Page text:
The overloaded and can also be used for file input/output, as the file IO stream (in header) is a subclass of . For example,

#include <fstream> #include "Point.h" using namespace std; int main() { Point p1(1, 2); ofstream fout("out.txt");fout << p1 << endl; ifstream fin("in.txt");fin >> p1; cout << p1 << endl; }

Overloading Binary Operators

All C++ operators are either binary (e.g., ) or unary (e.g. , ), with the exception of tenary conditional operator () which cannot be overloaded.

Suppose that we wish to overload the binary operator to compare two objects. We could do it as a member function or non-member function.

  1. To overload as a member function, the declaration is as follows: class Point { public: bool operator==(const Point & rhs) const; ...... }; The compiler translates "" to "", as a member function call of object , with argument .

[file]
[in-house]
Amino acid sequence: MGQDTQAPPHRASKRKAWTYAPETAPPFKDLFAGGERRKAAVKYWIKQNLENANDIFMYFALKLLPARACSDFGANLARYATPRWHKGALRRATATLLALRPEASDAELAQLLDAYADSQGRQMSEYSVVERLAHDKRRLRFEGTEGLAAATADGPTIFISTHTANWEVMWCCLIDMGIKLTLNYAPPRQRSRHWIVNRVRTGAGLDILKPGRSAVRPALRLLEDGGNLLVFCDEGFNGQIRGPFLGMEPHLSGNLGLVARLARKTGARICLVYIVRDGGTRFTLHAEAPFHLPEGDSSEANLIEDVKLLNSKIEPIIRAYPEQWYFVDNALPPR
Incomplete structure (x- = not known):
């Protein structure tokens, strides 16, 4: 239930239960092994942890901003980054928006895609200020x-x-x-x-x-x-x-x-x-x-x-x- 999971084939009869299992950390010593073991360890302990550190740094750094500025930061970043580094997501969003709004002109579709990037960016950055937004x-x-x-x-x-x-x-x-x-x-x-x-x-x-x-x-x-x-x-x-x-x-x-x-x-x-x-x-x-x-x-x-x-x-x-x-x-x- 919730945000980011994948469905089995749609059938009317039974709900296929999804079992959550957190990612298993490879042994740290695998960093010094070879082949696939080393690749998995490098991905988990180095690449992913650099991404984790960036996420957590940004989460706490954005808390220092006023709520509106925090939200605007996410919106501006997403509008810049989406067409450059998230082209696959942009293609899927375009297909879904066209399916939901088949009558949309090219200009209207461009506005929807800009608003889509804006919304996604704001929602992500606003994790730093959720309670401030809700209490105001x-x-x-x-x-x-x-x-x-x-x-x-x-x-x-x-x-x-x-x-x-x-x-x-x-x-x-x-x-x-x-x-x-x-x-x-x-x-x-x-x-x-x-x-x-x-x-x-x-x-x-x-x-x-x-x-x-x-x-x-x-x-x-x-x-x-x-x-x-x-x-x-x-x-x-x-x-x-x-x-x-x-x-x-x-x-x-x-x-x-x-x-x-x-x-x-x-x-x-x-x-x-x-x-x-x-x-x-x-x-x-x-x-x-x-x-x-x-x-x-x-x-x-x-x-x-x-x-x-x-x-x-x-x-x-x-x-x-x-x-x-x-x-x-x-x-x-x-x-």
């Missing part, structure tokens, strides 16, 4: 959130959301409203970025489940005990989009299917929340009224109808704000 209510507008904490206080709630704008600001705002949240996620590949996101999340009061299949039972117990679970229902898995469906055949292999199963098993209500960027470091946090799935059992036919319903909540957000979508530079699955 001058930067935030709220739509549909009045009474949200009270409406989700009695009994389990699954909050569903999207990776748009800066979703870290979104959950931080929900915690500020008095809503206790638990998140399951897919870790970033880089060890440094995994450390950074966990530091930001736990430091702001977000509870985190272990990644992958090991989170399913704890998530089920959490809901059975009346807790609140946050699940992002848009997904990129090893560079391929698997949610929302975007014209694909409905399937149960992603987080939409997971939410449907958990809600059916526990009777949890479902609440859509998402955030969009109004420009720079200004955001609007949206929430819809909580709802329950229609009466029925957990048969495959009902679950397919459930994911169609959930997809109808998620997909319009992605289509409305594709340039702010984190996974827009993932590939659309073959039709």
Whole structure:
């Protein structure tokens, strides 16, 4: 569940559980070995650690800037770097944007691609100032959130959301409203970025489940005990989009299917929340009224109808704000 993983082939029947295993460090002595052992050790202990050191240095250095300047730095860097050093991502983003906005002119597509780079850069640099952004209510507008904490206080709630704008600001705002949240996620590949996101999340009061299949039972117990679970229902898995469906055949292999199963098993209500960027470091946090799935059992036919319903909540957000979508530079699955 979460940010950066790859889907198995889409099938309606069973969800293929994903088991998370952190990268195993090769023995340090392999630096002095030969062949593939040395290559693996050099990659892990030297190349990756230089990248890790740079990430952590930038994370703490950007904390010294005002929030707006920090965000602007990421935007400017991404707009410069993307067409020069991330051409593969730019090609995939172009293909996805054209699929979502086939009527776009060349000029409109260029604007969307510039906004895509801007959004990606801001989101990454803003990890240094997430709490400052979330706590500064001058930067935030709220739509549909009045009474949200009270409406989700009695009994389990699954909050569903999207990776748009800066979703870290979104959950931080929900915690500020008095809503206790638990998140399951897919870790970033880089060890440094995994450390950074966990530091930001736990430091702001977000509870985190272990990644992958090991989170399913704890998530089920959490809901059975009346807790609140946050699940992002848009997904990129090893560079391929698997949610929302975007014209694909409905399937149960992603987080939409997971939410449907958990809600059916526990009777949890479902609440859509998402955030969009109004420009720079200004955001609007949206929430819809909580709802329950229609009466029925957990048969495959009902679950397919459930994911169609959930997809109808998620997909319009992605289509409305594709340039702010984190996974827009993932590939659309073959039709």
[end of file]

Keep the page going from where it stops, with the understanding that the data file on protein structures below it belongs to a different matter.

Member function can only be used if the left operand is an object of that particular class.

  2. To overload as a non-member function, which is often declared as a to access the private data for enhanced performance, the declaration is as follows: class Point { friend bool operator==(const Point & lhs, const Point & rhs); ...... }; The compiler translates the expression "" to "".

Overloading Unary Operators

Most of the unary operators are prefix operators, e.g., , . Hence, prefix is the norm for unary operators. However, unary increment and decrement come in two forms: prefix (, ) and postfix (, ). We to a mechanism to differentiate the two forms.

Unary Prefix Operator

Example of unary prefix operators are , , and . You could do it as a non-member function as well as member function. For example, to overload the prefix increment operator :

  1. To overload as a non-member function: class Point { friend Point & operator++(Point & point); ...... }; The compiler translates "" to "".